We didn't go to all the shows, but the comedy of John Martin was the best. He is an English comedian (as were all the comedians on board). He kept the audience in stitches. Another comedian was Jeff Stephenson, a very funny guy. My wife went to the show ‘West End to Broadway' and found it very entertaining. Rainer Hersh put a comical spin on classical music, very funny. We were also entertained with a flyover by a MIG jet the day after leaving Tallinn. It must have been less than 50 feet above us, and stayed around buzzing the ship for about 20 minutes. The other entertaining event was going under the bridge that connects Sweden and Denmark -- very low clearance; be on the top deck for that one.


Oslo: We took excursion to the Hadeland Glassworks and Viking Museum in Oslo. It gave us a great tour of the countryside. Buy the seconds in the main building at Hadeland. Going on this tour didn't give us enough time to visit the downtown area.

Copenhagen: We took the ship's shuttle to downtown, and found an Internet Café near Tivoli at Boomtown down the street (ask any local). We ate lunch at Magasins Department Store, top floor -- pretty good local fare. You'll find a neat grocery store in the basement.

Stockholm: We took the ship's shuttle again and walked around the old city. It's small enough to get around without taking a tour. There's great shopping in the city. Ahlen's department store has great buys in glass and souvenirs, and another good grocery store in the basement.

Helsinki: We took the ship's shuttle downtown, and found a Big Red Bus tour at the shuttle stop. For 25 euros, they take you on a two-hour tour of the city. It gives you a good overview of the sites and lets you off downtown at the shuttle stop. Go to Stockman's Department store for shopping right down the main street.

St Petersburg: Take as many tours as you have time for. If you don't have a special visa, it's the only way off the ship. We loved the City Highlights and Pushkin tour. The palace at Pushkin was beautiful and the lunch provided was very good. We had a wonderful guide named Tatiana, who spoke impeccable English. (She was an English professor at the local university.) She always put a neat spin on her commentary, and was a great help in negotiating with local merchants. We took a water tour on the second day; we would've liked to go on the technology tour but it was sold out. Book your tours early. If you have a chance, look into booking tours with a company called Red October. You can customize your tour and the more people you get to go with you, the cheaper it is. They also arrange a group visa for you.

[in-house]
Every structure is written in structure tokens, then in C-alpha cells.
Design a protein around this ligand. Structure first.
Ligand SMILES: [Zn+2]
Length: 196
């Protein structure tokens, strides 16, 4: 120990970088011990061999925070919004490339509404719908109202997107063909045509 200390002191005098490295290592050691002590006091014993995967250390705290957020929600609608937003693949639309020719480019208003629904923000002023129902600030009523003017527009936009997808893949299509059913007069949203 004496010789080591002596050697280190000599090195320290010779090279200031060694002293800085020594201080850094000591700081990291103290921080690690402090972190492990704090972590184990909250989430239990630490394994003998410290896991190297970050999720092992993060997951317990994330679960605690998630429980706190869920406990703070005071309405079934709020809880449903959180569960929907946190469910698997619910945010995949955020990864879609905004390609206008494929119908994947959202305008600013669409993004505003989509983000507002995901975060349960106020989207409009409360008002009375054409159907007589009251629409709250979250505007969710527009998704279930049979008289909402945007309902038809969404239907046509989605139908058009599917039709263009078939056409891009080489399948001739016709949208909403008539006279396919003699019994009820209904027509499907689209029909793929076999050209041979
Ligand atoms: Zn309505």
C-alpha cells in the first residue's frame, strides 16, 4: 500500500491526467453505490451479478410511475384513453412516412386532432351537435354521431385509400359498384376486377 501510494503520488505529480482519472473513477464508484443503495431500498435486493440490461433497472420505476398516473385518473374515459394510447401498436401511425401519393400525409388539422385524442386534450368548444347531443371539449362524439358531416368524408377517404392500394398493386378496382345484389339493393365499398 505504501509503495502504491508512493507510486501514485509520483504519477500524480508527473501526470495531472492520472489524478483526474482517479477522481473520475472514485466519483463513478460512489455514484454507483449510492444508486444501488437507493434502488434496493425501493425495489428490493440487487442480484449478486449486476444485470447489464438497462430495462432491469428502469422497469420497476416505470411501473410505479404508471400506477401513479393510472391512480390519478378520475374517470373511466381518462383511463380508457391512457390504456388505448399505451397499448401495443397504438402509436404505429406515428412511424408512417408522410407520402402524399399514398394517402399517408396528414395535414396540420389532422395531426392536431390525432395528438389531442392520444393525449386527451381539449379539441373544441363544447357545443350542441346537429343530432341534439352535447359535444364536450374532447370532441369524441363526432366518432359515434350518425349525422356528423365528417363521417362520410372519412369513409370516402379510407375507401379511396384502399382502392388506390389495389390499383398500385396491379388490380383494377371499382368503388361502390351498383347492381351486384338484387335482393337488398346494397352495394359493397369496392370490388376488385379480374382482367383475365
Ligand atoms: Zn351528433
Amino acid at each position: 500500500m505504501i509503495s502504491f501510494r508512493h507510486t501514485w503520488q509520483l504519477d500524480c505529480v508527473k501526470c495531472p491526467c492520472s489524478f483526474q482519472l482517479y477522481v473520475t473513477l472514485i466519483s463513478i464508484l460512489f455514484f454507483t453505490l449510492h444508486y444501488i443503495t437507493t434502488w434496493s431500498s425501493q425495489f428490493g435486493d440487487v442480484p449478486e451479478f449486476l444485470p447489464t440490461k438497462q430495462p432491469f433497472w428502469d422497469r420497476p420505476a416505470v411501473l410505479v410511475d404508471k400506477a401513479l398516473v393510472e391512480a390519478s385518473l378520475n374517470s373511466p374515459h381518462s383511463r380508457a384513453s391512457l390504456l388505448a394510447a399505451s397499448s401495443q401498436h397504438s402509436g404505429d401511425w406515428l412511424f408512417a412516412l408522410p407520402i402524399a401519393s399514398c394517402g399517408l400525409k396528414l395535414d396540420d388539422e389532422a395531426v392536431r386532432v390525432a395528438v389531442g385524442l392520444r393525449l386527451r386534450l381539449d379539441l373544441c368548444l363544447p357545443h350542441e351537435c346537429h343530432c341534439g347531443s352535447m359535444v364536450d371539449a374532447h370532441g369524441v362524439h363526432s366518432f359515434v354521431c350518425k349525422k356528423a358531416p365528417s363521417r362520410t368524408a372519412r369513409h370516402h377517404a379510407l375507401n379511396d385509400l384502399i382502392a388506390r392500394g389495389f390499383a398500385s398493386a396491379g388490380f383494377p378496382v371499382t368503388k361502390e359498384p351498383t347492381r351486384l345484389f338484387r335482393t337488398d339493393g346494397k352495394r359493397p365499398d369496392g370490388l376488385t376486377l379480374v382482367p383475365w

Tallinn: We took the free shuttle to the old town. Everything is within walking distance. Rick Steve's Scandinavia is a good book for walking tours for each of these cities. We found an Internet Café inside a bookstore across from the flower stalls. We noted that the sweaters they promoted were pricey.

Debarkation: The last day, a British customs agent came on board and handled all the passports, so getting off in Harwich was a breeze. We got off the ship early, since the tag color they gave us was based on our flight times. The problem was that after finding your luggage, you had to find a porter to get it to the buses.

Criticism: Money Mike's suggestions for shopping didn't live up to expectations. The bargains he advertised were not always there. In the ship, the area around the bars was very smoky. Only the dining rooms and theater were not. The Windjammer Café needs to keep the hot foods hotter.

Positives: This is a great ship. It was easy getting on and off at all the ports. There was great food in the dining rooms and in the Seaview Café, and impeccable service from everyone on the ship.

We would definitely repeat this cruise -- maybe in 2006.